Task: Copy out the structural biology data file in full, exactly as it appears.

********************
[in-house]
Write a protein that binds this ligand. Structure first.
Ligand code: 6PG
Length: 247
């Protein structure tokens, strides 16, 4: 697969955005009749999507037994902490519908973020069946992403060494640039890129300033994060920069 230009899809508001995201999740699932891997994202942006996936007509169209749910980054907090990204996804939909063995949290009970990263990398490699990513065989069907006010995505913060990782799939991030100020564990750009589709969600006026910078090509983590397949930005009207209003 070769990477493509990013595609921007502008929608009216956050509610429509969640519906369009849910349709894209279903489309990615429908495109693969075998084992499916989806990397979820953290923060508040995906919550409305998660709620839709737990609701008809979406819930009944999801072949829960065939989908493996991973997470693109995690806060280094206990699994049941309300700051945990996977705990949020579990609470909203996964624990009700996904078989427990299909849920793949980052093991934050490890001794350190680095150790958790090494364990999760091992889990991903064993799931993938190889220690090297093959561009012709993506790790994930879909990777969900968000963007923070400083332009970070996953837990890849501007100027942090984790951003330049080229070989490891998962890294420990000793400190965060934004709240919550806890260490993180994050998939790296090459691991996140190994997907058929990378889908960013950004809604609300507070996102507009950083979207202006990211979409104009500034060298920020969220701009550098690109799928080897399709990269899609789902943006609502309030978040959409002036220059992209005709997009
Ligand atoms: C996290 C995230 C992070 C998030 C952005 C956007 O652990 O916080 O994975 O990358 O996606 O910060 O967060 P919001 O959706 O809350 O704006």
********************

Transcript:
[in-house]
Write a protein that binds this ligand. Structure first.
Ligand code: 6PG
Length: 247
């Protein structure tokens, strides 16, 4: 697969955005009749999507037994902490519908973020069946992403060494640039890129300033994060920069 230009899809508001995201999740699932891997994202942006996936007509169209749910980054907090990204996804939909063995949290009970990263990398490699990513065989069907006010995505913060990782799939991030100020564990750009589709969600006026910078090509983590397949930005009207209003 070769990477493509990013595609921007502008929608009216956050509610429509969640519906369009849910349709894209279903489309990615429908495109693969075998084992499916989806990397979820953290923060508040995906919550409305998660709620839709737990609701008809979406819930009944999801072949829960065939989908493996991973997470693109995690806060280094206990699994049941309300700051945990996977705990949020579990609470909203996964624990009700996904078989427990299909849920793949980052093991934050490890001794350190680095150790958790090494364990999760091992889990991903064993799931993938190889220690090297093959561009012709993506790790994930879909990777969900968000963007923070400083332009970070996953837990890849501007100027942090984790951003330049080229070989490891998962890294420990000793400190965060934004709240919550806890260490993180994050998939790296090459691991996140190994997907058929990378889908960013950004809604609300507070996102507009950083979207202006990211979409104009500034060298920020969220701009550098690109799928080897399709990269899609789902943006609502309030978040959409002036220059992209005709997009
Ligand atoms: C996290 C995230 C992070 C998030 C952005 C956007 O652990 O916080 O994975 O990358 O996606 O910060 O967060 P919001 O959706 O809350 O704006």